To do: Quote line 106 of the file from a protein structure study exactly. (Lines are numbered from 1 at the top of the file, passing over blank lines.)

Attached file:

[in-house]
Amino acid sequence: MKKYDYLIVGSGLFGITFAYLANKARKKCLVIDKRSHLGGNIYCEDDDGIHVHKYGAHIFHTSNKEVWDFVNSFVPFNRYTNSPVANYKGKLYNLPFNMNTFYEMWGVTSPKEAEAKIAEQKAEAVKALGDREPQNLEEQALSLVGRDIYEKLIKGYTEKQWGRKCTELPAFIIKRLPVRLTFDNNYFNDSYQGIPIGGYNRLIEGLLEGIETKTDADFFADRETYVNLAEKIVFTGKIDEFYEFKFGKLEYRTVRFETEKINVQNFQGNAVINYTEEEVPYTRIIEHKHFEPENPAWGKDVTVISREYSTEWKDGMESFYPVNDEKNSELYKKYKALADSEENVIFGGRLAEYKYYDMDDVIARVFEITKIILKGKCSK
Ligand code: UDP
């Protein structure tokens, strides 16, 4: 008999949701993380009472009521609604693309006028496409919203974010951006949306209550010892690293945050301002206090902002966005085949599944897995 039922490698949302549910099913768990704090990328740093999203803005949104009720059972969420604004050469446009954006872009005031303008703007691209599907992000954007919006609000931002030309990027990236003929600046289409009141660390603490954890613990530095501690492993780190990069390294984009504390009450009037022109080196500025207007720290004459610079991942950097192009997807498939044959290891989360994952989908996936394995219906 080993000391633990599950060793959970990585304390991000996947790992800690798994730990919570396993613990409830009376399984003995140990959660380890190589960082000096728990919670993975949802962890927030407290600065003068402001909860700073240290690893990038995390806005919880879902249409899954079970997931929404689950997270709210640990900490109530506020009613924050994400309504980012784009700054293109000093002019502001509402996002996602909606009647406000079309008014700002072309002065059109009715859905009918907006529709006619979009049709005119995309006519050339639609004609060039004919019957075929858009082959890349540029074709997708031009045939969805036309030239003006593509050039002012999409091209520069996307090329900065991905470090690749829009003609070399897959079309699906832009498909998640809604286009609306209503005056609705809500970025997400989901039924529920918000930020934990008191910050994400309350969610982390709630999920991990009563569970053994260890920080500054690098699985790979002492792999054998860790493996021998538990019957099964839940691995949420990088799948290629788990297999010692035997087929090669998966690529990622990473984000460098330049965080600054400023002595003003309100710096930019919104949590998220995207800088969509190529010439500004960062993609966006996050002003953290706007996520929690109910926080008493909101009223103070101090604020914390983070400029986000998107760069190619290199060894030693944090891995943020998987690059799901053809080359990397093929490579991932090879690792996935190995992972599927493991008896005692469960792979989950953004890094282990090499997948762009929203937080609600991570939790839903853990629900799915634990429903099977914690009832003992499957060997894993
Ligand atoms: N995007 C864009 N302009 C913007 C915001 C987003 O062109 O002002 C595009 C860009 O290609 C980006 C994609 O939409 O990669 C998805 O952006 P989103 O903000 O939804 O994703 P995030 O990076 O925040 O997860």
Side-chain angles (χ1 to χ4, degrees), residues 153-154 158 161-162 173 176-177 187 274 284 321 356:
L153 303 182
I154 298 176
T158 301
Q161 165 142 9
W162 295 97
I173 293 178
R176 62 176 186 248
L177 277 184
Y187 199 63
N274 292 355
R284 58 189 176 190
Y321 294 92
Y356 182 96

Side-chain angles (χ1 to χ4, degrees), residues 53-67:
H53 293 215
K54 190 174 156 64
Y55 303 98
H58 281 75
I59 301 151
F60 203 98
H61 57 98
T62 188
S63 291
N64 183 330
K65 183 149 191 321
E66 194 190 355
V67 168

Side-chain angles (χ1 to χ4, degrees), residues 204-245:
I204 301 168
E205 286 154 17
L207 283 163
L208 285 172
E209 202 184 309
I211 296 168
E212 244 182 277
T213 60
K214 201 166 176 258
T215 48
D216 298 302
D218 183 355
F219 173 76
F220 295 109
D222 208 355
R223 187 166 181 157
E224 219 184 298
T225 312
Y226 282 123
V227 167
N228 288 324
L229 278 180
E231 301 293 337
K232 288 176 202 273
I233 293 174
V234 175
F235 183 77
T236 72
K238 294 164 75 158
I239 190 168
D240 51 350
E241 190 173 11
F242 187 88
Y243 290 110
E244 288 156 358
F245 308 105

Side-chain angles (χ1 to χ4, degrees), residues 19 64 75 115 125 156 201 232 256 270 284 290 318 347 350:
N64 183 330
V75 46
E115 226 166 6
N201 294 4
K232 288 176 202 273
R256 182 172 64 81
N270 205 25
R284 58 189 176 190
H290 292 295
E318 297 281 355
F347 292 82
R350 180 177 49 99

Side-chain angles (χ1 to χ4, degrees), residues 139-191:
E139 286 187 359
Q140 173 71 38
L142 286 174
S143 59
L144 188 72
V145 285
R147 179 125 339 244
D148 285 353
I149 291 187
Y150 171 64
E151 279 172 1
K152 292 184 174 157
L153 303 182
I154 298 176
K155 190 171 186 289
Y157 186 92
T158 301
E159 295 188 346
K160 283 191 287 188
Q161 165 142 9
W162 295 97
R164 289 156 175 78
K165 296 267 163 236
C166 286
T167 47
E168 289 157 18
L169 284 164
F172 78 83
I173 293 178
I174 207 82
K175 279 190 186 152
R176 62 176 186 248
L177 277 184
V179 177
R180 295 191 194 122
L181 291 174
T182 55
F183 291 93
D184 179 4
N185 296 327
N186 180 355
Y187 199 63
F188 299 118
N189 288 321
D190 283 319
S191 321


R164 289 156 175 78